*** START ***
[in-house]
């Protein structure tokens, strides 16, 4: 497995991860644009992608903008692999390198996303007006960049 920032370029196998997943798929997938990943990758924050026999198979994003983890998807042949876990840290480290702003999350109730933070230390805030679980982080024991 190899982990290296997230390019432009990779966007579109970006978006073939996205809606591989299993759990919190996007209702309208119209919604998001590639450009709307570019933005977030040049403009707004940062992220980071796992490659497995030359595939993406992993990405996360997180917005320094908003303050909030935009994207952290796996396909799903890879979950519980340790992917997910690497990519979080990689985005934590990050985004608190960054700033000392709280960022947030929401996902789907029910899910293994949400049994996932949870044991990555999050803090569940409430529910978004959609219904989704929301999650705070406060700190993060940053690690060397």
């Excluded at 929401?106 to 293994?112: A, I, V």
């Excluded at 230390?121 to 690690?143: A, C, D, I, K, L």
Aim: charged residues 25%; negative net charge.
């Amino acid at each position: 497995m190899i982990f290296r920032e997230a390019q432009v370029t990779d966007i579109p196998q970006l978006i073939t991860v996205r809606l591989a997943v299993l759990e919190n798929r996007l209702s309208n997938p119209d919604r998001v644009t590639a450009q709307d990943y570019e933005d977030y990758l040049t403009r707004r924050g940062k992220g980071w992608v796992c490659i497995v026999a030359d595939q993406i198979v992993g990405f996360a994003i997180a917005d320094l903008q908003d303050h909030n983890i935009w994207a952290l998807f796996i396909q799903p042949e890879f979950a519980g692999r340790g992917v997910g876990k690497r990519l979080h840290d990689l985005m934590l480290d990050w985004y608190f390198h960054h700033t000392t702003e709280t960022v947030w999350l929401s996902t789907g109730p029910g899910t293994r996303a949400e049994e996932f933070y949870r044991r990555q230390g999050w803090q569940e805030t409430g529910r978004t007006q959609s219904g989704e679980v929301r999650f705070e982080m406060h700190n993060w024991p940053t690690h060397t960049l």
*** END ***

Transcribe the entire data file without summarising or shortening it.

[in-house]
């Protein structure tokens, strides 16, 4: 497995991860644009992608903008692999390198996303007006960049 920032370029196998997943798929997938990943990758924050026999198979994003983890998807042949876990840290480290702003999350109730933070230390805030679980982080024991 190899982990290296997230390019432009990779966007579109970006978006073939996205809606591989299993759990919190996007209702309208119209919604998001590639450009709307570019933005977030040049403009707004940062992220980071796992490659497995030359595939993406992993990405996360997180917005320094908003303050909030935009994207952290796996396909799903890879979950519980340790992917997910690497990519979080990689985005934590990050985004608190960054700033000392709280960022947030929401996902789907029910899910293994949400049994996932949870044991990555999050803090569940409430529910978004959609219904989704929301999650705070406060700190993060940053690690060397």
């Excluded at 929401?106 to 293994?112: A, I, V």
């Excluded at 230390?121 to 690690?143: A, C, D, I, K, L």
Aim: charged residues 25%; negative net charge.
């Amino acid at each position: 497995m190899i982990f290296r920032e997230a390019q432009v370029t990779d966007i579109p196998q970006l978006i073939t991860v996205r809606l591989a997943v299993l759990e919190n798929r996007l209702s309208n997938p119209d919604r998001v644009t590639a450009q709307d990943y570019e933005d977030y990758l040049t403009r707004r924050g940062k992220g980071w992608v796992c490659i497995v026999a030359d595939q993406i198979v992993g990405f996360a994003i997180a917005d320094l903008q908003d303050h909030n983890i935009w994207a952290l998807f796996i396909q799903p042949e890879f979950a519980g692999r340790g992917v997910g876990k690497r990519l979080h840290d990689l985005m934590l480290d990050w985004y608190f390198h960054h700033t000392t702003e709280t960022v947030w999350l929401s996902t789907g109730p029910g899910t293994r996303a949400e049994e996932f933070y949870r044991r990555q230390g999050w803090q569940e805030t409430g529910r978004t007006q959609s219904g989704e679980v929301r999650f705070e982080m406060h700190n993060w024991p940053t690690h060397t960049l």